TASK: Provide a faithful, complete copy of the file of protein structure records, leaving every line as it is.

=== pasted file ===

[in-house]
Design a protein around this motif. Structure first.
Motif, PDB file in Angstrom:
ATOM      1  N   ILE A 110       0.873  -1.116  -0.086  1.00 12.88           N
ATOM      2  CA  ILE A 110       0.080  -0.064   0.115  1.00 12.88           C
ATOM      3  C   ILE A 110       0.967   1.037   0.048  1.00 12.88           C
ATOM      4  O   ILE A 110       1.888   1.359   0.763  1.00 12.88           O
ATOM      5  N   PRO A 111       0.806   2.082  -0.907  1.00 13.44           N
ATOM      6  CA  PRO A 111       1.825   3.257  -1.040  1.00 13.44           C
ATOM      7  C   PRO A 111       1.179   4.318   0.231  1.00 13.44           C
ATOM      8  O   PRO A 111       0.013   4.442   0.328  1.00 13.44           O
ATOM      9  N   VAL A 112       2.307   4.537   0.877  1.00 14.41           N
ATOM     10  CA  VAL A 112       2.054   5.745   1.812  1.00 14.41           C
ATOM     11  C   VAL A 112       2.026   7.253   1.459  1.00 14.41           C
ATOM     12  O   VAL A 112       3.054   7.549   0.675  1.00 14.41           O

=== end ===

[in-house]
Design a protein around this motif. Structure first.
Motif, PDB file in Angstrom:
ATOM      1  N   ILE A 110       0.873  -1.116  -0.086  1.00 12.88           N
ATOM      2  CA  ILE A 110       0.080  -0.064   0.115  1.00 12.88           C
ATOM      3  C   ILE A 110       0.967   1.037   0.048  1.00 12.88           C
ATOM      4  O   ILE A 110       1.888   1.359   0.763  1.00 12.88           O
ATOM      5  N   PRO A 111       0.806   2.082  -0.907  1.00 13.44           N
ATOM      6  CA  PRO A 111       1.825   3.257  -1.040  1.00 13.44           C
ATOM      7  C   PRO A 111       1.179   4.318   0.231  1.00 13.44           C
ATOM      8  O   PRO A 111       0.013   4.442   0.328  1.00 13.44           O
ATOM      9  N   VAL A 112       2.307   4.537   0.877  1.00 14.41           N
ATOM     10  CA  VAL A 112       2.054   5.745   1.812  1.00 14.41           C
ATOM     11  C   VAL A 112       2.026   7.253   1.459  1.00 14.41           C
ATOM     12  O   VAL A 112       3.054   7.549   0.675  1.00 14.41           O